Saturday, 20 January 2018

Boundary issues

The rain stopped and I was able to resume giving the front boundary hedge its annual trim. It is mainly hawthorn and blackthorn with some dogwood in places. Our road frontage is about 200m long (that is an eighth of a mile) which is a lot of hedge to trim. 

It’s just about established now and puts on about 4 or 5 feet of whippy growth during the summer and my job today was to bring it back down to its annual starting height. I trim the sides first which makes it easier to access and trim the top for a level finish. I can see the previous year’s cuts on the top of the hedge and use them as a height guide.

A couple of sections of the boundary hedge:-

Trimming the top hard back has the effect of producing side shoots and gradually thickening out the sides of the hedge. It has been planted between two rows of post and rail fencing which also provide a guide for trimming it width-wise. We have added rabbit proof fencing to the outer posts and rails to reduce the risk of their destructive incursions.

Because the hedge is a distance from the house, and because blackthorn stems can be quite tough, I use a petrol hedge trimmer for portability and power. It works very well but is heavy to use, especially having to trim above head height. Hard work for someone with an asthenic build like mine.

All the trimmings went into my new wood chipper, bought at half price. It didn’t take long to put together and get started with it (if you discount the 45 minutes before I decided I needed to resort to the instruction manual). It did the job well and got through quite an amount of material. The chippings were spread around the chicken run so were made good use of. Another winter maintenance job ticked off the list.

Christmas Rose in full flower right now
for added January cheer.


  1. You have inspired me I need to get out on the field to do some clearing

  2. Best to get them out of the way soonwe rather than later if you want to spend more time on the vegetable plot this year.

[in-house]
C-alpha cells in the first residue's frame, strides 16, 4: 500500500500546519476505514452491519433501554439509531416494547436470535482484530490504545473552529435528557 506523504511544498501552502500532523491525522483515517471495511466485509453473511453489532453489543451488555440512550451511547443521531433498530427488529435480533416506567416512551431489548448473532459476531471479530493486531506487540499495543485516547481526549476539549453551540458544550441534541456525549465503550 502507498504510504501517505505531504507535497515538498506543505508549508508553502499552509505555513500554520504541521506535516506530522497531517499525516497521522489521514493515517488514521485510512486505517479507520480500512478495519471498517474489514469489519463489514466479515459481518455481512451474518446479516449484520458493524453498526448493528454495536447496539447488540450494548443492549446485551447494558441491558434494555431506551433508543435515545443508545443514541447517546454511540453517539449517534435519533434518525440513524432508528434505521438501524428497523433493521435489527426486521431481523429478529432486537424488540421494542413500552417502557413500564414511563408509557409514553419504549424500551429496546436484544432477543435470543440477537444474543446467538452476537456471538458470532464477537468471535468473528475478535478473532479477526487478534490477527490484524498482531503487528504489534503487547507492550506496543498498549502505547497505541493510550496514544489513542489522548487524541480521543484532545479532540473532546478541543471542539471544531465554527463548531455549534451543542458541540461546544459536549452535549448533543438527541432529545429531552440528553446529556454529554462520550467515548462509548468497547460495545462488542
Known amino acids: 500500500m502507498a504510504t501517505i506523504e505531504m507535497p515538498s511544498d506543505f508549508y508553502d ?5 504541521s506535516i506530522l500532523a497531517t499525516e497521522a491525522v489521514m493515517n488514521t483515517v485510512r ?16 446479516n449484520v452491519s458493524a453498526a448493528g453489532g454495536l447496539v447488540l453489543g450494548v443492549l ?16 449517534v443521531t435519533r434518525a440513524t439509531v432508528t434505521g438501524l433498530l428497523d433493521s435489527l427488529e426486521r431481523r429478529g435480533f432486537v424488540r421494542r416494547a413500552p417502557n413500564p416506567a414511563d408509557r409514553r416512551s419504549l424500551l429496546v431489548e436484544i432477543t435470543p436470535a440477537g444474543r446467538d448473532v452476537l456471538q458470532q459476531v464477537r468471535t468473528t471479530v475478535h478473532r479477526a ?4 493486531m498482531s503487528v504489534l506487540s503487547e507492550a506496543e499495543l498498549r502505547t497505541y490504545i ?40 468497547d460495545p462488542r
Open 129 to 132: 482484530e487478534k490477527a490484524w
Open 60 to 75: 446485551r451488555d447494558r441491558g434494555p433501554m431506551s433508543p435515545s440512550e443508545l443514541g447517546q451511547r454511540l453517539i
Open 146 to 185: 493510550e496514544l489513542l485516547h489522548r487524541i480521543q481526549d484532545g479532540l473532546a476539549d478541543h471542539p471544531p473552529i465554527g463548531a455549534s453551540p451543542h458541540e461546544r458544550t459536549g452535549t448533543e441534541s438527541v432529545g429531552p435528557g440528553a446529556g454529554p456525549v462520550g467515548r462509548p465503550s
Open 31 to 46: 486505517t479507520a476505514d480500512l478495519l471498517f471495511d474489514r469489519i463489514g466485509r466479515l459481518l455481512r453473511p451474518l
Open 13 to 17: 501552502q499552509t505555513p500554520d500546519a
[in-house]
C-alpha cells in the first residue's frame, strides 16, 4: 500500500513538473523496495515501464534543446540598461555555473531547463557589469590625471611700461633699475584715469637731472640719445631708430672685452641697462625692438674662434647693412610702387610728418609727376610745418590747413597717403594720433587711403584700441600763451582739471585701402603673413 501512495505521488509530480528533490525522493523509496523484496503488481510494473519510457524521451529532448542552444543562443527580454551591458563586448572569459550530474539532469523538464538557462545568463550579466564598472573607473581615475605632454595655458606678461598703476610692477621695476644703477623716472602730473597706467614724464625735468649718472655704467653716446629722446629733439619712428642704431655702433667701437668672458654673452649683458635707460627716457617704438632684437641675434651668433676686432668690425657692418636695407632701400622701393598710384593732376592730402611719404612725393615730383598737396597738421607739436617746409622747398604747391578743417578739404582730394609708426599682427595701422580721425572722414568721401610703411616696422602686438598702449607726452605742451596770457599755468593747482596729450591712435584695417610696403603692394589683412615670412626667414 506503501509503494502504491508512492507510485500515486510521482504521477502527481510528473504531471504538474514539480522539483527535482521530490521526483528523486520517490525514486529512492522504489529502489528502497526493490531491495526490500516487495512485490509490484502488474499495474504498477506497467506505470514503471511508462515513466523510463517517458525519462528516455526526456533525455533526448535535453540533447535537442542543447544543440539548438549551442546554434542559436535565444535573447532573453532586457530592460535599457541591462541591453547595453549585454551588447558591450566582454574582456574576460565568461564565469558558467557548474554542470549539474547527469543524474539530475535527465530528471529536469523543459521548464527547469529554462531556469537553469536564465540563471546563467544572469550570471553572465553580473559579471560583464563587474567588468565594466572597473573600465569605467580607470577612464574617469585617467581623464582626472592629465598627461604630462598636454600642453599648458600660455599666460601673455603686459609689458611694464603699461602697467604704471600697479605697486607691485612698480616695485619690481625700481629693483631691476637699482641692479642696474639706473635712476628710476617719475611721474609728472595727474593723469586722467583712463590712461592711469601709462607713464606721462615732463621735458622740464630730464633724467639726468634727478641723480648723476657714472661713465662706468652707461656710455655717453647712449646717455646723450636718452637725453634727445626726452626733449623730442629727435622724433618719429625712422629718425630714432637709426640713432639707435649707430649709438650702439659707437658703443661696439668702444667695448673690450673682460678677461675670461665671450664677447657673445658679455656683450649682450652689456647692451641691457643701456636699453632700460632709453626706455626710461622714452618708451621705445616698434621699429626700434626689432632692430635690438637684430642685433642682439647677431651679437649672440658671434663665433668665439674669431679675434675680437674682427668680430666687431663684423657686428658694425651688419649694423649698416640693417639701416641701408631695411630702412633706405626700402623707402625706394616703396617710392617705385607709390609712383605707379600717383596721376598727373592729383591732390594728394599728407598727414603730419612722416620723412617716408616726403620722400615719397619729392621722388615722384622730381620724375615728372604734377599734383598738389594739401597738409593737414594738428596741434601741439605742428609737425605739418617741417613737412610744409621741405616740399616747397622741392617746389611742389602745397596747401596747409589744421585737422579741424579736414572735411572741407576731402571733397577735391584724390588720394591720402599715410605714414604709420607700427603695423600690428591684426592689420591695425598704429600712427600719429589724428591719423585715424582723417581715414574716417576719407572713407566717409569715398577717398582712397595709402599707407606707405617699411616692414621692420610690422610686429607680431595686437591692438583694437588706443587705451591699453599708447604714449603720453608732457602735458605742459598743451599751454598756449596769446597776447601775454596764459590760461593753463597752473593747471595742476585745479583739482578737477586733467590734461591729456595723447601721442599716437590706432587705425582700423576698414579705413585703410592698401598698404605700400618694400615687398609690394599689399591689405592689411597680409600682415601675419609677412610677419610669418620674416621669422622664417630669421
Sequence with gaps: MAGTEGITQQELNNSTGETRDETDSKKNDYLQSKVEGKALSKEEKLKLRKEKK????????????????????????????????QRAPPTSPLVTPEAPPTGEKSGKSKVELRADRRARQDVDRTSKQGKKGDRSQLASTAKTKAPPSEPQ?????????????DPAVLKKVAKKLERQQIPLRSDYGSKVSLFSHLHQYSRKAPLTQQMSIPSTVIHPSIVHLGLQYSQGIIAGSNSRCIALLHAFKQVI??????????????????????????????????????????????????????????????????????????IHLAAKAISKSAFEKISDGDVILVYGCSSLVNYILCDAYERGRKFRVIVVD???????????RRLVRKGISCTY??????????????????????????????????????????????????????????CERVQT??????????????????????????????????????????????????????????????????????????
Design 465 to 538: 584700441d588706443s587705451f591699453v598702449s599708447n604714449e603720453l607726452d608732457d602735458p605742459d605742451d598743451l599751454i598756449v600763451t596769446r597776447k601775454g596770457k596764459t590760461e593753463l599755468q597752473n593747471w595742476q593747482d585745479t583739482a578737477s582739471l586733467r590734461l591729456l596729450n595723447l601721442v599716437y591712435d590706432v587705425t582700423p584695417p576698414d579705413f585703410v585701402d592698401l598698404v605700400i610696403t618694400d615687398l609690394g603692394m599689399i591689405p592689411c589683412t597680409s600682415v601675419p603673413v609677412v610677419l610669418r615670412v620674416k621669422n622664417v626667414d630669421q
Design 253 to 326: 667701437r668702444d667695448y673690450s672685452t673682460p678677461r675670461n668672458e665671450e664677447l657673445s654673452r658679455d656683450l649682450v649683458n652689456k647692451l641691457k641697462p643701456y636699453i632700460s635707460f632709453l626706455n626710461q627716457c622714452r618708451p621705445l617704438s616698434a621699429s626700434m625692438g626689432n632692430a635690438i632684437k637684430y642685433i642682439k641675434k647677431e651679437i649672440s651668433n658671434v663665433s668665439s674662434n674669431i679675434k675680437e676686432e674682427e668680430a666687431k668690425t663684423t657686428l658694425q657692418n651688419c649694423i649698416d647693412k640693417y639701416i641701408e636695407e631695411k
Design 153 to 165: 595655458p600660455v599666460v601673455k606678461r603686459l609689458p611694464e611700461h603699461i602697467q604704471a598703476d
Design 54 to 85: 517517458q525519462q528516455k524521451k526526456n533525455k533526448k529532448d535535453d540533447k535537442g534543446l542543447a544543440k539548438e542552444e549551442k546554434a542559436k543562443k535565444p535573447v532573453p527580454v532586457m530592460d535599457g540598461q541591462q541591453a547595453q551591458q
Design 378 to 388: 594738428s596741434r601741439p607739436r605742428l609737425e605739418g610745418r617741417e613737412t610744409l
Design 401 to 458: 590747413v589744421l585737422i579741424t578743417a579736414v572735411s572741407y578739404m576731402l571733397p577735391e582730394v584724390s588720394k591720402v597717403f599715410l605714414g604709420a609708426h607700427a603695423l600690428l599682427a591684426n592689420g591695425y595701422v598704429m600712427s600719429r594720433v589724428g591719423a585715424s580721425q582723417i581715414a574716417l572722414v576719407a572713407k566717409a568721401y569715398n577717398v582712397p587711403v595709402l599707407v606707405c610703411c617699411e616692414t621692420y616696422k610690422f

3. my grandparents were lucky, the farmer next door, used to make his boys cut the hedges with the tractor attachment on the road side and on the inside he used to make them do by hand. Heck knows what they would have done if those boys were ever well behaved. My gran once found one asleep on the milking parlor floor, when she went in to get the bits ready for cow teat cleaning for when they would come down. and there he was, asleep with his face in the gully. yuck

  4. We have been contemplating the mix for the native hedging we want to grow from whips on our boundary.- did you really get more than four feet of growth in a year? Goodness, you've inspired us, we worried about choosing whips over established hedging but clearly it catches up!

  5. Yes, the blackthorn and the dogwood do indeed send out four feet plus shoots; hawthorn a little less. The hedge is 6’ high and is about 5 years old. We don’t want it to get any higher but do want it to thicken out a bit more. It’s always tempting to buy more established plants or trees, but it always surprises me how quickly young plants catch up. The important thing is to look after them well, particularly in the first two years. Keep watered and if you can, mulched. And protected from rabbits.